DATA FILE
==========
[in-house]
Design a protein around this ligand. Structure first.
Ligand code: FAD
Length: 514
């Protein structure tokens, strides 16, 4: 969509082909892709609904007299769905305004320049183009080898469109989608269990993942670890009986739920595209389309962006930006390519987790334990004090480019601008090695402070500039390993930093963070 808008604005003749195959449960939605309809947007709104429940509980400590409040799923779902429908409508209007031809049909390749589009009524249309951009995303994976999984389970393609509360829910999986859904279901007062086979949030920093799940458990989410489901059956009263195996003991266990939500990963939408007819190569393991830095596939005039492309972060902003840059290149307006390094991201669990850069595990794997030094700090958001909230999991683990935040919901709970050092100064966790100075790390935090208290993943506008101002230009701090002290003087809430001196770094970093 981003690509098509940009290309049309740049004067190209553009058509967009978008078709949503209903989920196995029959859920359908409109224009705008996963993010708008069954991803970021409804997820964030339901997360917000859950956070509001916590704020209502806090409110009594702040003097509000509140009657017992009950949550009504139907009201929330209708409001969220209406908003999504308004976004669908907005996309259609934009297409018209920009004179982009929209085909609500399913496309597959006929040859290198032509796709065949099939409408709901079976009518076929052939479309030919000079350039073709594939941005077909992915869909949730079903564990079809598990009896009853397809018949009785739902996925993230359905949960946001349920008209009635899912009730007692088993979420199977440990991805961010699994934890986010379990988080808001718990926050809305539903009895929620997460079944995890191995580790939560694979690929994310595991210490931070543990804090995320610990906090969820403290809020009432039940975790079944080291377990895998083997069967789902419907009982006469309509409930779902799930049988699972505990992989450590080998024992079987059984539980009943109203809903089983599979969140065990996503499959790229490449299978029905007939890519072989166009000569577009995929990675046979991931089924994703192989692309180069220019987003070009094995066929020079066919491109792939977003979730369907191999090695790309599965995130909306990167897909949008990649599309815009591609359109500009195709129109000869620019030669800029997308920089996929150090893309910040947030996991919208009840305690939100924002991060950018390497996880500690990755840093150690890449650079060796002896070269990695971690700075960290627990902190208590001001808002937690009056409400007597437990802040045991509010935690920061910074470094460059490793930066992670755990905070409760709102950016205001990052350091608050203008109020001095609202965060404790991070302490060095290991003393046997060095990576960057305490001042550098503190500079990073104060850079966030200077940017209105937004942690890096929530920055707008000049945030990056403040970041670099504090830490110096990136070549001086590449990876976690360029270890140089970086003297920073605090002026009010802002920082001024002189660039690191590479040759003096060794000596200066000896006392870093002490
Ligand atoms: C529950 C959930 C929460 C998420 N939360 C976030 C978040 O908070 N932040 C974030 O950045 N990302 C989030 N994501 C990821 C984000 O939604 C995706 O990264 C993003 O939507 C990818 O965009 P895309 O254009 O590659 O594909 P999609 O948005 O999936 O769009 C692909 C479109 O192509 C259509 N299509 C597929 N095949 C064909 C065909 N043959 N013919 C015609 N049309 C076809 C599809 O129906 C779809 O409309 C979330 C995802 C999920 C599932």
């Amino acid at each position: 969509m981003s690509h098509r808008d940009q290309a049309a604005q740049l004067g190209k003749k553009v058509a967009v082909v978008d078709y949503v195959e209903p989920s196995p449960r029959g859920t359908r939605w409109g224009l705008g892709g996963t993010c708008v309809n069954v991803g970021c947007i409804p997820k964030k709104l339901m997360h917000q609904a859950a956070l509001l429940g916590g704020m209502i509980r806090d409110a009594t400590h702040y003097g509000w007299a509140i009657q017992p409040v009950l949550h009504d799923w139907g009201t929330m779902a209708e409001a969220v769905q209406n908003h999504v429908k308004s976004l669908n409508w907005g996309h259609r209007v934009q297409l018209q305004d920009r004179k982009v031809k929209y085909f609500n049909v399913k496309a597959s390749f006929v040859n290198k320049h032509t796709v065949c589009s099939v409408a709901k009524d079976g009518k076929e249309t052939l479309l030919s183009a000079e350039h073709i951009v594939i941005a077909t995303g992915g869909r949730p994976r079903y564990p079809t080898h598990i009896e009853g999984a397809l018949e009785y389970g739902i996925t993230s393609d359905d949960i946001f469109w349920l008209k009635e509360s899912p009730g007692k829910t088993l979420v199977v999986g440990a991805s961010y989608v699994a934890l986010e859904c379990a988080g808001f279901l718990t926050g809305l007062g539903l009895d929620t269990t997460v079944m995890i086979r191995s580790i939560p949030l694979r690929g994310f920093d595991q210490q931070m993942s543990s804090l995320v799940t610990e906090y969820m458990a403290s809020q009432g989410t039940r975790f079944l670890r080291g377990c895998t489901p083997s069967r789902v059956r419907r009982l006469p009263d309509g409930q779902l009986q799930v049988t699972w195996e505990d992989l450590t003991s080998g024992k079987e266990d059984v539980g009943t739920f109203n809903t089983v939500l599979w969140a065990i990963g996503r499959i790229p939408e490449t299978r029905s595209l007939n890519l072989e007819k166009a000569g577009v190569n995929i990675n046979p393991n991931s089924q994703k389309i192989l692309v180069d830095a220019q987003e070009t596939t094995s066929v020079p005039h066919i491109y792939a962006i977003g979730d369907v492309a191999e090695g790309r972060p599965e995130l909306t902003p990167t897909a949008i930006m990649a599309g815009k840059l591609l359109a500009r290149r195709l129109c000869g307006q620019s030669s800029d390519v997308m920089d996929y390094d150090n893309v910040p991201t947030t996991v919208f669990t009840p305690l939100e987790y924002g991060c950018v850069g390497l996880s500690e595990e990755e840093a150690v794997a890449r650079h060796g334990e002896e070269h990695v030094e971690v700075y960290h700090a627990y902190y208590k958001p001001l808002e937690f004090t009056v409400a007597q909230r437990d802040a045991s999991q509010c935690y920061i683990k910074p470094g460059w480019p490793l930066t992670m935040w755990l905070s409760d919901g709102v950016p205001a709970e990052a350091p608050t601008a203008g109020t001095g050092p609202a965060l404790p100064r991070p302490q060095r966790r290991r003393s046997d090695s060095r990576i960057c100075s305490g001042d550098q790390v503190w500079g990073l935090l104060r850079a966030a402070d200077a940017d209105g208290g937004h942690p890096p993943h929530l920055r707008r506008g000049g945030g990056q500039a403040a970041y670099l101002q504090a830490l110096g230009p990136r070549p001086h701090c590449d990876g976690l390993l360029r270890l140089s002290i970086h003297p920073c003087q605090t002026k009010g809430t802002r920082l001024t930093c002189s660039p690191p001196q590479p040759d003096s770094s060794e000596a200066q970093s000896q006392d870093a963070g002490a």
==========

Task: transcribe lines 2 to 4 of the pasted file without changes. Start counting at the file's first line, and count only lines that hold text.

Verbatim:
Design a protein around this ligand. Structure first.
Ligand code: FAD
Length: 514